Tucked out of the way in New Cross, the London Particular has always been just that little bit far away to travel to, but always so tempting, a siren calling towards New Cross. The reviews of the food and the place were intriguing, while the coffee is roasted by HR Higgins, a roaster with a café that always seems closed when I get the opportunity to pass by (which is usually Sundays). So it was with some relief that I finally managed to get to the “LP” a couple of weeks ago. Towards the end of a row of shops, the space outside the café has plenty of seats where you can enjoy a spot of lunch and/or a coffee on a warm day. Inside feels more cosy. A bar on the left of the entrance forms a corridor with the wall that you walk through to get to a room with communal table at the back. In addition to the communal table, there are a series of individual high chairs along the wall. At the back of the café is a window with an old device sitting on it. “An old digital multi-meter” I said before being corrected by my sometime companion in these reviews, it has a dial, it must be an “analogue multi-meter” then! It did seem to be able to measure current and resistance and it did have a dial to indicate the value measured. Quite why it was sitting, unconnected, on the windowsill is anyone’s guess.
The lunch menu is good. Enough items there to provide choice, few enough that each can be done well. Significantly, the true London Particular, the pea soup, was not on the menu on the day we were there. We had a light bite of lunch, a black coffee and shared the jug of mint infused tap water that was placed on our section of the table. At the other end of the table, another customer was enjoying her lunch. So although communal, the table gave us enough room to be private and have our own conversation. A mirror along the wall above the table reflected the blackboard menu between the table and the bar. Thinking about mirror writing reminded me of Dr Florence Hensey and his letters of lemon juice ink. Back in the eighteenth century he had operated as a spy out of coffee houses on the Strand and in St Martin’s Lane¹. Spying on England for France, his letters, written in lemon juice (invisible ink) passed without detection before the frequency of correspondence drew suspicions. Times move on. Spies would surely no longer write in lemon juice or even mirror writing to avoid detection.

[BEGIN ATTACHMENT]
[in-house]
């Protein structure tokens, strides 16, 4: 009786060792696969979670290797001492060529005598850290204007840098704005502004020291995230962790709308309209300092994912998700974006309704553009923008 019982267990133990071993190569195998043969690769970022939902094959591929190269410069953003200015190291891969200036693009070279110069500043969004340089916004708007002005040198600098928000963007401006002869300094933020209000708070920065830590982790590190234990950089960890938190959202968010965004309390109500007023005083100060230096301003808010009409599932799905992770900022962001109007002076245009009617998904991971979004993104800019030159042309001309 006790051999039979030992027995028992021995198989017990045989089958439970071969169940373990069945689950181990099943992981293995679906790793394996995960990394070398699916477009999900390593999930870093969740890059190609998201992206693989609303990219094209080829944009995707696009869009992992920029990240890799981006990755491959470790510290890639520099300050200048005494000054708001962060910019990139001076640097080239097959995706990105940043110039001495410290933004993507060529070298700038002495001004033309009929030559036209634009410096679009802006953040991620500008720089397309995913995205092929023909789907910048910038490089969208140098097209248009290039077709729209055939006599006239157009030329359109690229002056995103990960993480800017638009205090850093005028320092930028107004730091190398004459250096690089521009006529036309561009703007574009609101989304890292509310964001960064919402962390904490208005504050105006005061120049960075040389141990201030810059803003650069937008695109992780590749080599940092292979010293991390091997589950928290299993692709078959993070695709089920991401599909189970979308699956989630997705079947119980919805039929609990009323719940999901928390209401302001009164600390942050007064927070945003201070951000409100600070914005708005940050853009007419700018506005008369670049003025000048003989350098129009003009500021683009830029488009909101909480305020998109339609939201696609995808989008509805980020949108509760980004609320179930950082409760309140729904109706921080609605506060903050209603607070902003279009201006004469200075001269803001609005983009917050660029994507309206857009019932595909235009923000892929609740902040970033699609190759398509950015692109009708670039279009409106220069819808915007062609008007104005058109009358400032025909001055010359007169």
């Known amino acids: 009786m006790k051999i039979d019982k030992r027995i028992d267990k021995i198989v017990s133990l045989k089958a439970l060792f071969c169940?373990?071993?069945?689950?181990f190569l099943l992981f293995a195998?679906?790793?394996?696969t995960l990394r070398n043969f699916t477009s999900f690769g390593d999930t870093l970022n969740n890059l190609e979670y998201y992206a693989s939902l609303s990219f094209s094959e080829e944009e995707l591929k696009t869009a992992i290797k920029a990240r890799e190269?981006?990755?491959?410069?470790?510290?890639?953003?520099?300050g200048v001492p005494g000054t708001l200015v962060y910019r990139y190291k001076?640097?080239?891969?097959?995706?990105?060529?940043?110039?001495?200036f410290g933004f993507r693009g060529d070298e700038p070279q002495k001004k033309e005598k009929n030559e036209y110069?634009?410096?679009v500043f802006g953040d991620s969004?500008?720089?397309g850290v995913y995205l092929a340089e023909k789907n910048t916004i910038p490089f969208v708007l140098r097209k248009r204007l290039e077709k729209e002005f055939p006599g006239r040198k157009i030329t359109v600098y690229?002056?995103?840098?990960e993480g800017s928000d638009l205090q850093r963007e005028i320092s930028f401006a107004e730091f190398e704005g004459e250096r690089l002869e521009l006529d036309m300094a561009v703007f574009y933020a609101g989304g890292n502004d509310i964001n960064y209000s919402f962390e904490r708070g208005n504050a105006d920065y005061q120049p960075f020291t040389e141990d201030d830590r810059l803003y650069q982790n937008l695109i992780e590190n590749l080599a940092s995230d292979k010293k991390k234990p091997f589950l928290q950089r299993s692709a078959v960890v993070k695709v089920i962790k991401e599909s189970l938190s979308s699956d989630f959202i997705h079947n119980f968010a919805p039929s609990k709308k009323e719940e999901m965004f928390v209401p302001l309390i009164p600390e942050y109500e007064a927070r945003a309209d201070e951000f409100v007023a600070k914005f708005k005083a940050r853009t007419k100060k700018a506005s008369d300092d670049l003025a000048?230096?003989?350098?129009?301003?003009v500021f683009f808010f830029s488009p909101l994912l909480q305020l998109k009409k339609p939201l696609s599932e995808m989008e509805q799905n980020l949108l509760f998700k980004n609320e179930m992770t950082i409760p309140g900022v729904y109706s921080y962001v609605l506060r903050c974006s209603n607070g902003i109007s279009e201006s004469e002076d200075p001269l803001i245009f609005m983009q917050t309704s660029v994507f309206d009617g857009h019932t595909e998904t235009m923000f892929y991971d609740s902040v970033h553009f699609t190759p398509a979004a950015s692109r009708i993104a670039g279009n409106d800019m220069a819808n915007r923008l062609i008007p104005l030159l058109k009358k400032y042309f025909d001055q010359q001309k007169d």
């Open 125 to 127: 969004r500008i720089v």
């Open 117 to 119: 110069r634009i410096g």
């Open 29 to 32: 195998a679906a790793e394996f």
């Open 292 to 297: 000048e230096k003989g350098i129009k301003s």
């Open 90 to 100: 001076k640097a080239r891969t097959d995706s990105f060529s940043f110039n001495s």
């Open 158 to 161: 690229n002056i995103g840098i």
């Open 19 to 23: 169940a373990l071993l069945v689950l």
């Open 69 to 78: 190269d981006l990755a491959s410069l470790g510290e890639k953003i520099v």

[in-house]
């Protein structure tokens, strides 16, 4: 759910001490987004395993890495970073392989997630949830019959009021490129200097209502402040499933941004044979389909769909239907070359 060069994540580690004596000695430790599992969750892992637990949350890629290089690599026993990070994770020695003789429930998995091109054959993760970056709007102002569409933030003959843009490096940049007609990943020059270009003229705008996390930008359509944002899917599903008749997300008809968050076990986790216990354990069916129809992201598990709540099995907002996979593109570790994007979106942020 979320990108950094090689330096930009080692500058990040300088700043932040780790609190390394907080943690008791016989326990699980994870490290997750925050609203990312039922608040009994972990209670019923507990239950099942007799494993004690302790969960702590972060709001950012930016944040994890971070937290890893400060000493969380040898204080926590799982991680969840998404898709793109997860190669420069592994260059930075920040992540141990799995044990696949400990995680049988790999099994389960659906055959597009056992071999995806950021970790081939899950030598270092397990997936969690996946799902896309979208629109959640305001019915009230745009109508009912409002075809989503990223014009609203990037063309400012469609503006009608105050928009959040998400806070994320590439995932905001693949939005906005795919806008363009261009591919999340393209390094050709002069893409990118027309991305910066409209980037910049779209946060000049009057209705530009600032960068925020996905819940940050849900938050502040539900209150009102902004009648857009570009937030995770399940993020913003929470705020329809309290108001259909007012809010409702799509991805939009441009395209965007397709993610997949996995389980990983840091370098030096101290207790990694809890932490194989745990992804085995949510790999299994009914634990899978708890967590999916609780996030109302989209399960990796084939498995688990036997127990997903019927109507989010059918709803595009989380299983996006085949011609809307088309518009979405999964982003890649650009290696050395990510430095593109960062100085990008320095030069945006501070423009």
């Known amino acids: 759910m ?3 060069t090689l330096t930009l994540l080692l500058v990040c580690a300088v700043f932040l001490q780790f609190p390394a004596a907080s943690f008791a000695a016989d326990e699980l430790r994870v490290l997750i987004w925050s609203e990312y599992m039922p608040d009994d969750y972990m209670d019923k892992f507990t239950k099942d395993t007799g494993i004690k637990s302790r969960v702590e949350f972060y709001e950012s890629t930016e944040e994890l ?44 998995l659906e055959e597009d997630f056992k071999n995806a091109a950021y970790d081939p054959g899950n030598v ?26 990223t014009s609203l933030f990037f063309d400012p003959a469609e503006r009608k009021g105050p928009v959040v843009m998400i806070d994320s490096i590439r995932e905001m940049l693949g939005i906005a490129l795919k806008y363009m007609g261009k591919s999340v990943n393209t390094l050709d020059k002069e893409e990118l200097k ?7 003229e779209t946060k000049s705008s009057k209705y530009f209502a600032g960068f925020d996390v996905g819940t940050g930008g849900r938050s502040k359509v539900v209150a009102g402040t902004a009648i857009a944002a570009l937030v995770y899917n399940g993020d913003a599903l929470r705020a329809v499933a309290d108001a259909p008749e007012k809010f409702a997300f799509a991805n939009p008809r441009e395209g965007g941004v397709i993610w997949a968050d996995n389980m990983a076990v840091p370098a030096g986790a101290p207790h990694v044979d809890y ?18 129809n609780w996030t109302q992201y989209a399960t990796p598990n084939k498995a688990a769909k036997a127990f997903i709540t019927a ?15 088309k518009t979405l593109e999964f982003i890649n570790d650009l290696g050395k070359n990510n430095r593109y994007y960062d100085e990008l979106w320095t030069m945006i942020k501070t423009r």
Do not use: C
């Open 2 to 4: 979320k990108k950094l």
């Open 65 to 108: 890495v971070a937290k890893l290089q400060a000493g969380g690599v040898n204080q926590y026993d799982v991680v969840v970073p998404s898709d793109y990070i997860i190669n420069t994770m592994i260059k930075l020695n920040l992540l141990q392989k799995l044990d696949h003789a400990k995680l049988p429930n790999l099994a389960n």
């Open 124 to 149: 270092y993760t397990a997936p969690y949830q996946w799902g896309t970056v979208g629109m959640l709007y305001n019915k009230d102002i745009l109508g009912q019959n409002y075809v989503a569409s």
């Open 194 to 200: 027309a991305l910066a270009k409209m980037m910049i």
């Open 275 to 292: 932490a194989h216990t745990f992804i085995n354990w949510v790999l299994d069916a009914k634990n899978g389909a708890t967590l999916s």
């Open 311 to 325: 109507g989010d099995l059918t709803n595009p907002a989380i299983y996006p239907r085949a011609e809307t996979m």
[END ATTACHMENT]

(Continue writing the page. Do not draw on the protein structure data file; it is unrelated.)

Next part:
Lunch on a week day was a very good time to experience this café. It must get quite crowded at weekends or brunch times. So it was good to be able to sit back and contemplate our surroundings from the back of the café. In the foreground of our view though was the water jug. With fresh mint leaves stacked inside, it was evident that air had become trapped under some of the leaves forming tiny bubbles. How had the air got stuck there? Was it merely that the leaf was blocking the air bubble from rising through the water? Could there be slightly more to it?
There is a popular expression “like water off a duck’s back”. Perhaps it arose because the duck’s back is often thought one of the most waterproof surfaces we know. But what makes the duck so waterproof? Why does water just form drops and then fall off the back of the duck? It is not because the feathers are oily. We sometimes ‘wax’ our waterproofs with a grease to make them resistant to getting wet and so perhaps we have thought that the duck’s back was just a bit greasy? And yet a study done back in 1944 showed that mere oil could not account for the waterproofing of the duck’s back.
Before delving into why the duck’s back is such a waterproof surface, it’s helpful to know how to quantify ‘waterproof-ness’ in the first place. To measure how waterproof something is, we use what is known as the contact angle, which is the angle that the drop makes with the surface on which it is sitting. Surfaces that are not waterproof (technically we call them “wettable” or hydrophilic), have very low contact angles, the ‘droplets’ of water on the surface are flattened. Waterproof surfaces on the other hand (imaginatively called hydrophobic), have contact angles which are much greater than 90º (it may be helpful here to have a look at the cartoon illustrating this point). Droplets that formed on a duck’s back had contact angles much greater than 90º, indeed, they formed almost spherical drops of water. What could be going on?
The answer is in the details of the feather. The feather is not a flat surface but a material that has irregular protrusions and structure at the micro and nano-scale (one thousand and one million times smaller than mm scale respectively). These protrusions trap air within the feather and so effectively suspend the drop above the feather surface. The droplet does not have a flat surface on which to spread out. The structure means that the contact angles of the drops of water on a feather can be even higher than 150º; the droplets are held up almost as if they are spheres of water.
Another creature that uses the irregular protrusions on the hairs on its legs for waterproofing is the spider. The hairs on the legs of a spider mean that, just as the duck’s back, the spider’s legs are extremely waterproof. But it also means that air is trapped under the droplets. Consequently, if a spider finds itself submerged under water, the air under the droplets forms little bubbles similar to those under the mint leaf in the London Particular. And this allows a drowning spider the air it needs to breathe. Nanostructure helping the duck to dive and the spider to survive. And the mint water to be particularly refreshing on a warm day in a very pleasant place for a spot of lunch and a coffee.
The London Particular can be found at 399 New Cross Road, SE14 6LA
¹London Coffee Houses, Bryant Lillywhite, Pub 1963